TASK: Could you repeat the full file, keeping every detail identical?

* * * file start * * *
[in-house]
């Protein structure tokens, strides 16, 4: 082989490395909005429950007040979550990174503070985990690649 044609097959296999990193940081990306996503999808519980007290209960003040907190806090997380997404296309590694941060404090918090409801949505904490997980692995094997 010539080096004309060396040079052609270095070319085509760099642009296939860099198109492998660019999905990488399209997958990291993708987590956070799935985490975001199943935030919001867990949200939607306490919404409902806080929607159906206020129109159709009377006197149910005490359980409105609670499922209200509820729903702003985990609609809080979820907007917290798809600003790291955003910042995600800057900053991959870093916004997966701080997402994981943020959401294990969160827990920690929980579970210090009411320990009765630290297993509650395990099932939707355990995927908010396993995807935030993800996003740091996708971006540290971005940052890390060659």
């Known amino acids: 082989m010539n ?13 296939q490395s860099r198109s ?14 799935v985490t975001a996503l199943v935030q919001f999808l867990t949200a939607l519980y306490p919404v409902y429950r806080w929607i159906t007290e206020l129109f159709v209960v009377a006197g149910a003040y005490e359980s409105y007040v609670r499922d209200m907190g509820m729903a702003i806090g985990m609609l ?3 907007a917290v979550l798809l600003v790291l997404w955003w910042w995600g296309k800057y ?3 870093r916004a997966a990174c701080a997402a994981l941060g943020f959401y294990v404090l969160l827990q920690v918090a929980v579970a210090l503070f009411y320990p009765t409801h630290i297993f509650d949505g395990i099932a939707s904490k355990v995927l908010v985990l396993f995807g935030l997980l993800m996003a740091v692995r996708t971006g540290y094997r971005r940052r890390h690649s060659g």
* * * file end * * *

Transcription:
[in-house]
């Protein structure tokens, strides 16, 4: 082989490395909005429950007040979550990174503070985990690649 044609097959296999990193940081990306996503999808519980007290209960003040907190806090997380997404296309590694941060404090918090409801949505904490997980692995094997 010539080096004309060396040079052609270095070319085509760099642009296939860099198109492998660019999905990488399209997958990291993708987590956070799935985490975001199943935030919001867990949200939607306490919404409902806080929607159906206020129109159709009377006197149910005490359980409105609670499922209200509820729903702003985990609609809080979820907007917290798809600003790291955003910042995600800057900053991959870093916004997966701080997402994981943020959401294990969160827990920690929980579970210090009411320990009765630290297993509650395990099932939707355990995927908010396993995807935030993800996003740091996708971006540290971005940052890390060659």
């Known amino acids: 082989m010539n ?13 296939q490395s860099r198109s ?14 799935v985490t975001a996503l199943v935030q919001f999808l867990t949200a939607l519980y306490p919404v409902y429950r806080w929607i159906t007290e206020l129109f159709v209960v009377a006197g149910a003040y005490e359980s409105y007040v609670r499922d209200m907190g509820m729903a702003i806090g985990m609609l ?3 907007a917290v979550l798809l600003v790291l997404w955003w910042w995600g296309k800057y ?3 870093r916004a997966a990174c701080a997402a994981l941060g943020f959401y294990v404090l969160l827990q920690v918090a929980v579970a210090l503070f009411y320990p009765t409801h630290i297993f509650d949505g395990i099932a939707s904490k355990v995927l908010v985990l396993f995807g935030l997980l993800m996003a740091v692995r996708t971006g540290y094997r971005r940052r890390h690649s060659g």